Danny Alexander: we won't spend a penny more

Uneasy cabinet minister denies plans for an extra £5bn of capital spending.

With everyone from George Osborne downwards now acknowledging that growth this year will be weaker-than-expected, an argument has restarted in government about how best to stimulate the economy. Last night, the BBC's Nick Robinson reported that some cabinet ministers were agitating for an extra £5bn in capital spending, to be channelled towards the nation's roads, rail and broadband internet.

Naturally, Robinson didn't name names, but I draw your attention to comments made by Chris Huhne at a fringe event at the Lib Dem conference on Monday night. "Remember ... the target that we have is the structural current balance," the Energy Secretary said. "It is current not capital spending. That is an important distinction." In other words, the government could ramp up capital spending without breaching its fiscal mandate: to eliminate the structural deficit (the part of the deficit that remains even once when the economy has returned to normal growth) and to ensure a falling debt-to-GDP ratio by the end of the parliament. Huhne has since insisted that he doesn't recognise the £5bn figure and that there is "no such plan". As the great Claud Cockburn once quipped, "never believe anything until has been officially denied".

Whoever the culprit was (and Vince Cable uttered the s-word - stimulus - several times in his speech), they were swiftly squashed by the Treasury. "We have our spending plans and we are sticking to them," a spokesman said.

Appearing on the Today programme this morning, an uneasy sounding Danny Alexander stuck to the script. The government would "strain every sinew" to promote growth but it would not spend a penny more then the limits set out in the Spending Review. "We have set out plans on capital spending, we're going to stick to those plans across the board on spending," the Chief Secretary to the Treasury said. He added: "I just don't recognise the numbers involved or the process as described."

It was Chris Huhne who previously suggested that the cuts could be scaled back in the event of a serious downturn, and who declared that he was not "lashed to the mast" of deficit reduction. But Alexander certainly is. As growth continues to fall and unemployment continues to rise, this is one argument that will not go away.

George Eaton is political editor of the New Statesman.

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Why Theresa May can't end speculation of an early general election

Both Conservative and Labour MPs regard a contest next year as the solution to their problems.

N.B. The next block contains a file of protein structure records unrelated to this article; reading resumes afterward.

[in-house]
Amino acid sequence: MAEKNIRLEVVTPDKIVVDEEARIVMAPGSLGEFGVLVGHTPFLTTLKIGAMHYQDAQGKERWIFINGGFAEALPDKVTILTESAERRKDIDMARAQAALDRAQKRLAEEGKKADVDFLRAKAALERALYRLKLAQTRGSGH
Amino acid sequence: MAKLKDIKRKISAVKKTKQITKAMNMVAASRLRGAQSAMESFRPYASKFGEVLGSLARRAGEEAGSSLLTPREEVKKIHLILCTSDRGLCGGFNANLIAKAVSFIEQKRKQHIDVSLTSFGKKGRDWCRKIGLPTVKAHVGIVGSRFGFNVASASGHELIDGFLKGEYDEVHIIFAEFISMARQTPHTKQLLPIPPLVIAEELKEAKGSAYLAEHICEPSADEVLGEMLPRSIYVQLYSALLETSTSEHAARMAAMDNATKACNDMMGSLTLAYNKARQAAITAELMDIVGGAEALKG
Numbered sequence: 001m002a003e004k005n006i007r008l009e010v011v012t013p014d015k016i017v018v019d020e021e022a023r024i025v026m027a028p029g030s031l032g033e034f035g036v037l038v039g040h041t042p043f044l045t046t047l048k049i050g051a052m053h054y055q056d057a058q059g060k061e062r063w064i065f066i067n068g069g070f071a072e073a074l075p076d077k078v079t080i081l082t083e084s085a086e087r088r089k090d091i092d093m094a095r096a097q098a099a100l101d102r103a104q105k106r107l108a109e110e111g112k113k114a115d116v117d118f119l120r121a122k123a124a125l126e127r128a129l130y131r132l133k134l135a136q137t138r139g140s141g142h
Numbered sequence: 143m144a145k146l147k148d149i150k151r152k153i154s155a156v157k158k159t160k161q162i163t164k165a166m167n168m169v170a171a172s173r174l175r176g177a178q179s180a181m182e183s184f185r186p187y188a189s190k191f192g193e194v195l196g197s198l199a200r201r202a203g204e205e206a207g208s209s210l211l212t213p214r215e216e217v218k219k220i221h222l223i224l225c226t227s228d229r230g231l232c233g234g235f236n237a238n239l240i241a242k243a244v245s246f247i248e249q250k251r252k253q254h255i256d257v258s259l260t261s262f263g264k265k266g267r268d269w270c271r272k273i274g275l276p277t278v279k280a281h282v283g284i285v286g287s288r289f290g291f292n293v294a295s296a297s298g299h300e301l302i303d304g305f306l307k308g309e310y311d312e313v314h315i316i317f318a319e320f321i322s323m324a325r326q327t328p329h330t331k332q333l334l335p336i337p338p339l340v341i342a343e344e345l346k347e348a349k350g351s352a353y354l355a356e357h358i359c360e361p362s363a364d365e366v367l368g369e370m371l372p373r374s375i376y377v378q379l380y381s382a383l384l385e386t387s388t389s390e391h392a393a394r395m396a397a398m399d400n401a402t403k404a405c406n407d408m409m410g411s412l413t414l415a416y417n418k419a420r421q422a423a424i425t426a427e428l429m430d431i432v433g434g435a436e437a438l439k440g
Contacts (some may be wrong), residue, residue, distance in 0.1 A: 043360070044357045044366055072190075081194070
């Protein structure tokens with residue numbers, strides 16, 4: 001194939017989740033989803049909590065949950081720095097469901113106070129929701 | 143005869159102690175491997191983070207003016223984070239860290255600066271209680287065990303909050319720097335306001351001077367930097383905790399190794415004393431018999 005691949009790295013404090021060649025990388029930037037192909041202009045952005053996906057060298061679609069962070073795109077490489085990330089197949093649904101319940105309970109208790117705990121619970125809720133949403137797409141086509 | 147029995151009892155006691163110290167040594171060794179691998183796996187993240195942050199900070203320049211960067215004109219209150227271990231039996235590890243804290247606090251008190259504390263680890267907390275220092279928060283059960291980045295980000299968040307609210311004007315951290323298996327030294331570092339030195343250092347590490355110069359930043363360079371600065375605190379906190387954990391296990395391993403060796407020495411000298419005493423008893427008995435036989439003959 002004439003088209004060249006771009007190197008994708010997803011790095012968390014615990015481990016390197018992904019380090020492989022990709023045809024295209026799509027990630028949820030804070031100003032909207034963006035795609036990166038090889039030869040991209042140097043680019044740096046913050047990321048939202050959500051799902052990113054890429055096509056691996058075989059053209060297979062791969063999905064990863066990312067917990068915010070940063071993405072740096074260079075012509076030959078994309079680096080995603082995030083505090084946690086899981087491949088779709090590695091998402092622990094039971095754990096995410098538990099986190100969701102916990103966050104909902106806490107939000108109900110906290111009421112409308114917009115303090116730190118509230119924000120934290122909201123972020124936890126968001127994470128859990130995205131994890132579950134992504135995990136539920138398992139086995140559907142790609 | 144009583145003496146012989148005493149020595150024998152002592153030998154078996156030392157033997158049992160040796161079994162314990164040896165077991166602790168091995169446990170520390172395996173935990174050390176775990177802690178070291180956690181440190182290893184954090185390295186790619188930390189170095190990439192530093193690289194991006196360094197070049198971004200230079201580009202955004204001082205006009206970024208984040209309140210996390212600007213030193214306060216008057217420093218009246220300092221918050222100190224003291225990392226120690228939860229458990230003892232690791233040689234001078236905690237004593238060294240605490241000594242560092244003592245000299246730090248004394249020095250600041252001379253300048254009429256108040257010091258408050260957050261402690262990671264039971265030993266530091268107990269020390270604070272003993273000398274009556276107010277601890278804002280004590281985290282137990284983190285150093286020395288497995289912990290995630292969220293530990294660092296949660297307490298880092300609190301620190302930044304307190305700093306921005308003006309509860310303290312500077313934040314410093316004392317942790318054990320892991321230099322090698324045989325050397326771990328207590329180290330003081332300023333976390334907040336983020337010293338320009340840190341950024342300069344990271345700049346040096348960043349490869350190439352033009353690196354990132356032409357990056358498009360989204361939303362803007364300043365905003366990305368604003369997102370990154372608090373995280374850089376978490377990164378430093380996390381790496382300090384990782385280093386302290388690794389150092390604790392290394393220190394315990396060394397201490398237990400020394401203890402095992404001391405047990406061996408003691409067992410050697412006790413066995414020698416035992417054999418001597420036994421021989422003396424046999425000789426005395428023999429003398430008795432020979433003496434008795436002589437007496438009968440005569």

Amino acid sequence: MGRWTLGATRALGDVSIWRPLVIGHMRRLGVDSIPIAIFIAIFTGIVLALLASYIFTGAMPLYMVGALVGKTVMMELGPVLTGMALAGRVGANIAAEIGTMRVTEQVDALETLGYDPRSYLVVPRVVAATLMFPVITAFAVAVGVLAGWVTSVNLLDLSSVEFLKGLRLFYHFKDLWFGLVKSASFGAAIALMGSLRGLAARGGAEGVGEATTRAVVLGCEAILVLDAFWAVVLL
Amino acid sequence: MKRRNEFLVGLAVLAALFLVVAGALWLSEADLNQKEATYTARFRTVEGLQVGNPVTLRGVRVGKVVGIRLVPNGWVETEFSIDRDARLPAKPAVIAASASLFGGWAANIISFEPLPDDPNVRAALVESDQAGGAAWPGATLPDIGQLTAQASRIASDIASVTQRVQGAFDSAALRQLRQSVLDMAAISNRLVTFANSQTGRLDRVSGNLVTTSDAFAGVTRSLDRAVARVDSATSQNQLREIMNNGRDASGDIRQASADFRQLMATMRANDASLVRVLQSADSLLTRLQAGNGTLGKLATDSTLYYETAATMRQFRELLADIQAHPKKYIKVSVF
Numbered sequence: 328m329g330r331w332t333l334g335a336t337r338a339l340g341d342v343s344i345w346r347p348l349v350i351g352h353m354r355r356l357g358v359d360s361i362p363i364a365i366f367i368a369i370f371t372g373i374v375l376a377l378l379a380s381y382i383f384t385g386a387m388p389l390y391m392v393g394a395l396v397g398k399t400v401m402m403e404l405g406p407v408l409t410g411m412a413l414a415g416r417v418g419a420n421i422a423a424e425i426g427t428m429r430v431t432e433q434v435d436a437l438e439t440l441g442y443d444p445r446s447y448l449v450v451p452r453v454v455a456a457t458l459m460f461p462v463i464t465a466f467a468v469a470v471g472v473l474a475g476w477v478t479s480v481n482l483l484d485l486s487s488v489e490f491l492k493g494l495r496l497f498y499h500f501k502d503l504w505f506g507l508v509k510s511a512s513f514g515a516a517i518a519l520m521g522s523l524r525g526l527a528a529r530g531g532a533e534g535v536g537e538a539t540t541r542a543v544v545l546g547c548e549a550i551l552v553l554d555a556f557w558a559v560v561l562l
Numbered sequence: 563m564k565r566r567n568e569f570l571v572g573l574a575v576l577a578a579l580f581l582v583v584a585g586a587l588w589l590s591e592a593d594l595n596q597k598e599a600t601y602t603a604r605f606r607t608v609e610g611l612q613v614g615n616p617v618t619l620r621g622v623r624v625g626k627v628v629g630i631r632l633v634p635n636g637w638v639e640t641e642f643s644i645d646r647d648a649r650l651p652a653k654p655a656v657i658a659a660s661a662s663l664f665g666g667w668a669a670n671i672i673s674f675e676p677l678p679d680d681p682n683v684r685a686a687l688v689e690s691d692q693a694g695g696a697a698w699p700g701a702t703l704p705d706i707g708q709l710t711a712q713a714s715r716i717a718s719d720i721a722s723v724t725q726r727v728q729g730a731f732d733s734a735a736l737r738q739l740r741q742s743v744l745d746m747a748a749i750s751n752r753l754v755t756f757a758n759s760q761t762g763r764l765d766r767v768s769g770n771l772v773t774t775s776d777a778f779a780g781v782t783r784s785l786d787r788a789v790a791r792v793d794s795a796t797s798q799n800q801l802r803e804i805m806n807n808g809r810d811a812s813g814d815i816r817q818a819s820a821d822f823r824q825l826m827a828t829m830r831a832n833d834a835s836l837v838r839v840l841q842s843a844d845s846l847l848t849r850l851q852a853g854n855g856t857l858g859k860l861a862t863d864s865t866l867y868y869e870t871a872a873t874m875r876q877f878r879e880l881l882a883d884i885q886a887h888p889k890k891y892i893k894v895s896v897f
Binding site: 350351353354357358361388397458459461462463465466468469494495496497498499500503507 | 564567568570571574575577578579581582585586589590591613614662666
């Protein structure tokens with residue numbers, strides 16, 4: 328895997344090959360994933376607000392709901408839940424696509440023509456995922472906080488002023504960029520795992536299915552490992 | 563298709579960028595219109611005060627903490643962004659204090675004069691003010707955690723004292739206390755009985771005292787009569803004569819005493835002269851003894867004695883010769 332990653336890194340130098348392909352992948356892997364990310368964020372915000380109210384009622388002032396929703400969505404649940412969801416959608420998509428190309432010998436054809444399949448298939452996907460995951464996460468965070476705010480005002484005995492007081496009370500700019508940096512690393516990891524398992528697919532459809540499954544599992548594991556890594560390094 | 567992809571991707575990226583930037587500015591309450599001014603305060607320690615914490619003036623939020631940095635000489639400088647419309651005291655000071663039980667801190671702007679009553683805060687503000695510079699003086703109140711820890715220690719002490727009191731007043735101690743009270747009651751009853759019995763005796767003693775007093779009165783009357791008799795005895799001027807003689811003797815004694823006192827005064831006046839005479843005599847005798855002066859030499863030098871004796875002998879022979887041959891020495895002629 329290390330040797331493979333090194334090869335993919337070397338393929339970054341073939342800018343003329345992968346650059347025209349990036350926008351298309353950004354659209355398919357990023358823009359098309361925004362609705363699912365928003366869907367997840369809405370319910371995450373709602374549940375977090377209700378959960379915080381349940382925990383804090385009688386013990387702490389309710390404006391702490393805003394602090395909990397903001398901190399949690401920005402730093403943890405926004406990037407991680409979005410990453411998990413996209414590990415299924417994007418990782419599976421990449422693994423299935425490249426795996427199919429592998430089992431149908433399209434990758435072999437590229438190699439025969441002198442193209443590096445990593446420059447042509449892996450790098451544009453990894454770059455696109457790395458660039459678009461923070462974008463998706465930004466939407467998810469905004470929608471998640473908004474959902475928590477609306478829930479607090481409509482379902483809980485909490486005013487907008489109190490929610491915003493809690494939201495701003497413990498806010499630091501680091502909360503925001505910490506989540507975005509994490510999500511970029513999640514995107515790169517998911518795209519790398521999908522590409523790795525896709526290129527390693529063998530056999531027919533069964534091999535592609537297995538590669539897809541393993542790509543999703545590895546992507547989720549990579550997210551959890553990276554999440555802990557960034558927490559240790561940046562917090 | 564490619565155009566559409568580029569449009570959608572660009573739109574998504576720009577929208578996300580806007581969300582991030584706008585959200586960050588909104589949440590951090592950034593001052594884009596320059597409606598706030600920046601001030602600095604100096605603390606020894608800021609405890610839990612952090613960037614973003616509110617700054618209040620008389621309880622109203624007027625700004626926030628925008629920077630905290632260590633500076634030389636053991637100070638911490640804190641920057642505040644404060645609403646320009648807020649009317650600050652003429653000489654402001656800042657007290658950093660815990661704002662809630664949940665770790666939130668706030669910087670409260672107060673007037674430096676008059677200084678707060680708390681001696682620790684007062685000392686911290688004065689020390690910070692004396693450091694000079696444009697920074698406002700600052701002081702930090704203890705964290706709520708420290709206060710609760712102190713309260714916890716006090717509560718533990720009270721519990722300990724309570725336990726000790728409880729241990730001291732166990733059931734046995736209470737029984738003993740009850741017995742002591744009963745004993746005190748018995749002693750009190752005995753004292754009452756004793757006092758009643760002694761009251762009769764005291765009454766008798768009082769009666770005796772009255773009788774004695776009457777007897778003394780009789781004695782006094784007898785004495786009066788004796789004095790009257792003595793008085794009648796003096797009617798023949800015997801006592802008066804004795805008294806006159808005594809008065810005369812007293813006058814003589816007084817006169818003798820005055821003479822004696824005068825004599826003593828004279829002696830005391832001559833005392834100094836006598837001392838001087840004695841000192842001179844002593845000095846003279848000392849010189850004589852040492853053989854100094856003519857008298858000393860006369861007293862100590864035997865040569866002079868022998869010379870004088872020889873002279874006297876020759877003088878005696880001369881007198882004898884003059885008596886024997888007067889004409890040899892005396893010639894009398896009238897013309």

One of Theresa May’s first acts as a Conservative leadership candidate was to rule out an early general election. After a tumultuous 2015 contest and the EU referendum, her view was that the country required a period of stability (a view shared by voters). Many newly-elected Tory MPs, fearful of a Brexit-inspired Ukip or Liberal Democrat surge, supported her on this condition.

After entering Downing Street, May reaffirmed her stance. “The Prime Minister could not have been clearer,” a senior source told me. “There won’t be an early election.” Maintaining this pledge is an important part of May’s straight-talking image.

But though No.10 has wisely avoided publicly contemplating an election (unlike Gordon Brown), the question refuses to die. The Conservatives have a majority of just 12 - the smallest of any single-party government since 1974 - and, as David Cameron found, legislative defeats almost inevitably follow. May’s vow to lift the ban on new grammar schools looks to many like an unachievable task. Former education secretary Nicky Morgan and former business minister Anna Soubry are among the Tories leading the charge against the measure (which did not feature in the 2015 Conservative manifesto).  

To this problem, an early election appears to be the solution. The Tories retain a substantial opinion poll lead over Labour, the most divided opposition in recent history. An election victory would give May the mandate for new policies that she presently lacks.

“I don’t believe Theresa May wishes to hold an early election which there is evidence that the country doesn’t want and which, given the current state of the Labour Party, might be seen as opportunistic,” Nigel Lawson told today’s Times“If, however, the government were to find that it couldn’t get its legislation through the House of Commons, then a wholly new situation would arise.”

It is not only Conservatives who are keeping the possibility of an early election alive. Many Labour MPs are pleading for one in the belief that it would end Jeremy Corbyn’s leadership. An early contest would also pre-empt the boundary changes planned in 2018, which are forecast to cost the party 23 seats.

For Corbyn, the possibility of an election is a vital means of disciplining MPs. Allies also hope that the failed revolt against his leadership, which Labour members blame for the party’s unpopularity, would allow him to remain leader even if defeated.

Unlike her predecessors, May faces the obstacle of the Fixed-Term Parliaments Act (under which the next election will be on 7 May 2020). Yet it is not an insurmountable one. The legislation can be suspended with the backing of two-thirds of MPs, or through a vote of no confidence in the government. Alternatively, the act could simply be repealed or amended. Labour and the Liberal Democrats, who have demanded an early election, would struggle to resist May if she called their bluff.

To many, it simply looks like an offer too good to refuse. Which is why, however hard May swats this fly, it will keep coming back. 

George Eaton is political editor of the New Statesman.